5 Tips for Entrepreneurs Raising Capital

Raising capital for a start-up company can be nerve-wracking. Anyone who has ever bootstrapped a venture knows that looking for outside money lifts your endeavor  an entirely new level.  Many entrepreneurs have the urge to obtain money in any way they can. Resist that urge.  It can really  get you into big trouble. Below are 5 tips to assist you in the process:

It can really  get you into big trouble. Below are 5 tips to assist you in the process:

Diligence Your Investors.  Many start-ups get so excited about having found people to put faith (ie capital) into their idea that they forget to conduct due diligence on the guys and gals across the table.  That’s the biggest mistake you can make.  You will probably be married to them for a while—until the opportunity for an exit arises. So, investigate, ask around.  Sit down with them and find out their motivation. Are they good guys or jerks?  Will they contribute value-adds aside from cash, such as connections, technical expertise, business savy?

Comply With Securities Laws. Your start-up  cannot offer or sell its securities unless they have been registered with the Securities Exchange Commission or the  offering is exempt from registration. Failure to comply with the applicable securities laws could result in investors getting their money back, injunctive relief, fines, penalties and even criminal prosecution and spoil your chances of successful future rounds. There are many rules you have to follow in exempt private sales, so educate yourself or even better, hire competent counsel.  This is not the time to be penny-wise, pound foolish.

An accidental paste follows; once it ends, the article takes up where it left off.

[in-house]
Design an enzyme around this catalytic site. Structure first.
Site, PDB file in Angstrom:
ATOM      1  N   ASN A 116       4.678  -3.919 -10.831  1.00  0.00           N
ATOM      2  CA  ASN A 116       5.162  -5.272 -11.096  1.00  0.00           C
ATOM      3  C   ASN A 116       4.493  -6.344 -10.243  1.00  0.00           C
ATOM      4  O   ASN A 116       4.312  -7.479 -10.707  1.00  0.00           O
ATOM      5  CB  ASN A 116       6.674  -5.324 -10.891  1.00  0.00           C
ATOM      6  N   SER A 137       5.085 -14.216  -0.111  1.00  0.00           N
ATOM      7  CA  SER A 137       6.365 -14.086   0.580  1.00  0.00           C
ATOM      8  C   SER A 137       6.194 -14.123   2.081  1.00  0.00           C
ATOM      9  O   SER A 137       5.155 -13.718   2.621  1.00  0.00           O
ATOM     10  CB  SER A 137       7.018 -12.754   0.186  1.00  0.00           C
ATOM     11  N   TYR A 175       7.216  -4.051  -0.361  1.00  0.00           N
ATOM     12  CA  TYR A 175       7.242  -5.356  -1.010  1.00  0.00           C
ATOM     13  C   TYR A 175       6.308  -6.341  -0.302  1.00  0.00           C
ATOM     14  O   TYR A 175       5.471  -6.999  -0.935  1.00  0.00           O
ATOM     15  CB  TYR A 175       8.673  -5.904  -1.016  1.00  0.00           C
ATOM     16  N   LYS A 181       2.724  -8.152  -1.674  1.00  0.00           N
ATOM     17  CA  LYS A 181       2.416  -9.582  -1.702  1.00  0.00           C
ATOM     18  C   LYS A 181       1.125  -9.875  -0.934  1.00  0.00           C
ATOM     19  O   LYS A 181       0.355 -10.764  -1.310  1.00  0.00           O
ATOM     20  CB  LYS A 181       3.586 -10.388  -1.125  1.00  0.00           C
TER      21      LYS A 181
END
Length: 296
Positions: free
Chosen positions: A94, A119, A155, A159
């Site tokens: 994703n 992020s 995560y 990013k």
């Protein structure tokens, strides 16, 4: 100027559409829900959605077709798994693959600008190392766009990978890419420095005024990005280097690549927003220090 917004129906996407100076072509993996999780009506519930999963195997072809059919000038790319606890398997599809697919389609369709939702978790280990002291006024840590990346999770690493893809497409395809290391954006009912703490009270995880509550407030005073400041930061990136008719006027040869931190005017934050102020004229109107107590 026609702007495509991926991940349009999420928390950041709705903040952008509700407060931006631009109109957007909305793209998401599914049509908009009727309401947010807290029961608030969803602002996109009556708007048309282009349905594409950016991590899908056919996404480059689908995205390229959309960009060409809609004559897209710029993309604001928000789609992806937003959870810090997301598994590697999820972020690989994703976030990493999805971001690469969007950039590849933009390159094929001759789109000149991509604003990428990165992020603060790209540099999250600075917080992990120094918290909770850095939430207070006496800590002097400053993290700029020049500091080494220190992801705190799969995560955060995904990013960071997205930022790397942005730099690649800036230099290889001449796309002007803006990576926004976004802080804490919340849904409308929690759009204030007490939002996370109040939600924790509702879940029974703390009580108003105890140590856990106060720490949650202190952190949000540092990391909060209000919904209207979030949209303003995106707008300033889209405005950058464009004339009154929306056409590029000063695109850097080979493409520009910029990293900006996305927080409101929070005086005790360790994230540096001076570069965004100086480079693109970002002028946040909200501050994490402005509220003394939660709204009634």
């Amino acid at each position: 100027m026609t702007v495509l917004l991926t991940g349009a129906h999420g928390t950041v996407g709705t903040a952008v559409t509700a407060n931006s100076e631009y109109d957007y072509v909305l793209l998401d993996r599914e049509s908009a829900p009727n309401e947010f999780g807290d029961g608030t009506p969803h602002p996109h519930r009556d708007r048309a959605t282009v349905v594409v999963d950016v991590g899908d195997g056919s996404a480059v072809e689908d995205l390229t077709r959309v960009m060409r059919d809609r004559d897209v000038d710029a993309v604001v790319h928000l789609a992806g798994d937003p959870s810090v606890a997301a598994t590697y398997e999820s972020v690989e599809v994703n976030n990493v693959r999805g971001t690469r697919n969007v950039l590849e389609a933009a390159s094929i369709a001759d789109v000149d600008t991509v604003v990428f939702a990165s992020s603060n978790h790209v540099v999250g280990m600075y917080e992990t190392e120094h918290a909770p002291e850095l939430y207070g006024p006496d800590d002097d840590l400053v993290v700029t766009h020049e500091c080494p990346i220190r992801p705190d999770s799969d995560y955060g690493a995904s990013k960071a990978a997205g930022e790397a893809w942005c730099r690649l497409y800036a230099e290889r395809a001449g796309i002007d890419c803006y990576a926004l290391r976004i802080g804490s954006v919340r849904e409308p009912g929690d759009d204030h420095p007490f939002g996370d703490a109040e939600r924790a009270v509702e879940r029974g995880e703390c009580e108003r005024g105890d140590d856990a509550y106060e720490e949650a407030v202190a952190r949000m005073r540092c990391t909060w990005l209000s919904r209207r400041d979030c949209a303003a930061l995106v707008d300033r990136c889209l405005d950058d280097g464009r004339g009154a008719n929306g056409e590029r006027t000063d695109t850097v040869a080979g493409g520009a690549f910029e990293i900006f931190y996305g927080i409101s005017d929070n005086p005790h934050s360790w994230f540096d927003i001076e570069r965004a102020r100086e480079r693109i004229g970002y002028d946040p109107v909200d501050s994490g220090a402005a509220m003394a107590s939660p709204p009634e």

Choose the Right Legal Structure. If you are going to seek seed and VC  funding, do not set-up your business as a limited liability company (LLC) or any other type of entity that could be taxed as a partnership. Investors want to keep their personal taxes as simple as possible. In most cases this means forming C-Corp.

Button-Down the IP. Make sure that the company, not the individual shareholders/founders owns the intellectual property (IP). This means signing assignments for IP created pre-formation and confidentiality/invention agreements post-formation. Also watch out for anything developed by consultants/independent contractors.

Keep the Investment Terms Simple. If investors start requesting complex or out-of-the-ordinary-terms, be cautious, especially in early rounds. It is a sure-fire way of setting yourself up for trouble down the road.  Staying in line with industry standards is a safe bet and also prevents painfully protracted (ie: expensive) negotiations.

As always, if you have questions or comments, please call, e-mail or tweet me @Bettina Eckerle.